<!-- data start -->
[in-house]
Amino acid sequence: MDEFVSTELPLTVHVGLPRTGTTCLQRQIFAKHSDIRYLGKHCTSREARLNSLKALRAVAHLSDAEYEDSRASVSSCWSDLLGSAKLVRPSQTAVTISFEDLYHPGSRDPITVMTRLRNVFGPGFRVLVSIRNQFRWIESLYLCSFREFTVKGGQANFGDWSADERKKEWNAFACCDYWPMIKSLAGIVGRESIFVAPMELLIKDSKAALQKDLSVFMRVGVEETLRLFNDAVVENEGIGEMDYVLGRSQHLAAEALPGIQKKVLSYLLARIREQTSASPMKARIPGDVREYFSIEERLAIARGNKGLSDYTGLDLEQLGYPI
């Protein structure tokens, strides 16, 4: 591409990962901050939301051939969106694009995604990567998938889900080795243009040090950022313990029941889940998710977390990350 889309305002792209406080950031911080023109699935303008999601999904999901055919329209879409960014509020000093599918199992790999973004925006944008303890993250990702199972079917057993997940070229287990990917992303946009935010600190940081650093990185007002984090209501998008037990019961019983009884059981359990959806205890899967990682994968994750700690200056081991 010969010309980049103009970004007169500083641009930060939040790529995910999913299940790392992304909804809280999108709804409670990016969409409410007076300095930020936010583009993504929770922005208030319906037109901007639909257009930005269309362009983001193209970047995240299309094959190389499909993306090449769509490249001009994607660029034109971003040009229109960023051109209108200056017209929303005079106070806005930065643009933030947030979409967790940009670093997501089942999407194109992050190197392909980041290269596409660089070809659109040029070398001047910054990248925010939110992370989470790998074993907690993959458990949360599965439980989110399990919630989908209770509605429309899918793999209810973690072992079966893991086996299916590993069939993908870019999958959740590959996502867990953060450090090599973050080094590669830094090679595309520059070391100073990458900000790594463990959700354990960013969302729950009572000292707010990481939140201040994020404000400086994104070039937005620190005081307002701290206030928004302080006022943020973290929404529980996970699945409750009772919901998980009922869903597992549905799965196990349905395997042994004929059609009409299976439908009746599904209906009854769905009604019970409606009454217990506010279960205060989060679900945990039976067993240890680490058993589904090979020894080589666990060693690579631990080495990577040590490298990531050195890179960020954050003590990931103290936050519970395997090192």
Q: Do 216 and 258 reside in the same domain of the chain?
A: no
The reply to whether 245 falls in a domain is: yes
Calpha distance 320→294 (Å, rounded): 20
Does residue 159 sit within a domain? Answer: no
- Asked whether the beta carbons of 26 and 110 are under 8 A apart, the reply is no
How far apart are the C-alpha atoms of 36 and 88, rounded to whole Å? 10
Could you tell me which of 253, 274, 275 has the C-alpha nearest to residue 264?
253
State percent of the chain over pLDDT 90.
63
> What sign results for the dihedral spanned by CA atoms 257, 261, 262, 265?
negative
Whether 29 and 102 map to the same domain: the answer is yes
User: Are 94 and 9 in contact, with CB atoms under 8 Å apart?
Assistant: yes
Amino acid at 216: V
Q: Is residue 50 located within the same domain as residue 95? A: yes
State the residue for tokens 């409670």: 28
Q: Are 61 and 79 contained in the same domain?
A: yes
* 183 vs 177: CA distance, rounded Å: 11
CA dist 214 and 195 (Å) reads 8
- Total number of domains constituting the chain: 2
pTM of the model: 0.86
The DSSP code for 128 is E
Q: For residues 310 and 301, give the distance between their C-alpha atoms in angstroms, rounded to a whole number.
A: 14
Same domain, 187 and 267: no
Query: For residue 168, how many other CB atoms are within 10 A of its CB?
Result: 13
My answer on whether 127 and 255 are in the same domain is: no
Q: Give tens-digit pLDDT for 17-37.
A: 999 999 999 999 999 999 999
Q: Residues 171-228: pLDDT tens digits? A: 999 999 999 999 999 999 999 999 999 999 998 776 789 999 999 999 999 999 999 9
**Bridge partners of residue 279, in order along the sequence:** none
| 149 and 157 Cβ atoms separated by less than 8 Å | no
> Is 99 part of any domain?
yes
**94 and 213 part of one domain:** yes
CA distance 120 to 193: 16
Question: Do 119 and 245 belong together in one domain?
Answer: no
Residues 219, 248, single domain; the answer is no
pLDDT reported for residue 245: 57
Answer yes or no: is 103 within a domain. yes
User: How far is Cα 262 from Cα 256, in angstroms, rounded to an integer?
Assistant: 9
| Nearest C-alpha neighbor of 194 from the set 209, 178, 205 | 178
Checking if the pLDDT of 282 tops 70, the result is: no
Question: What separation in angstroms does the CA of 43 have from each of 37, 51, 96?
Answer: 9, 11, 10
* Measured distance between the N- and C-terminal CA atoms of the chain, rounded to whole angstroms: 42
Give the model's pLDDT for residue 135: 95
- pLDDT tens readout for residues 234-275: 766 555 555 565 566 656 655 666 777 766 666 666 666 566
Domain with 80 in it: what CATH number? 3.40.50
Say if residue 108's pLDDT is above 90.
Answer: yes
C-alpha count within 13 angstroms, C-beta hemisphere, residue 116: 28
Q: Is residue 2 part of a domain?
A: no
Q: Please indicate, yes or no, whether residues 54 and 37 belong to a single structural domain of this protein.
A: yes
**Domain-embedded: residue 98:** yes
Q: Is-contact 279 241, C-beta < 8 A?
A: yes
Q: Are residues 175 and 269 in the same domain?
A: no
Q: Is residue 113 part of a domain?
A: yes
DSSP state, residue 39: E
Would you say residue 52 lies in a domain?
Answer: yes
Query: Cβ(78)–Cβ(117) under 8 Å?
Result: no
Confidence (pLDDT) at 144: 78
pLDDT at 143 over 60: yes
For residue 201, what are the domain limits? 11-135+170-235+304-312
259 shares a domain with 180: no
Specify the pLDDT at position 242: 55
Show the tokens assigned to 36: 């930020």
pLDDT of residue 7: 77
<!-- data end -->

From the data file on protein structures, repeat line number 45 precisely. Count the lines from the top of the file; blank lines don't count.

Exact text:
Question: Do 119 and 245 belong together in one domain?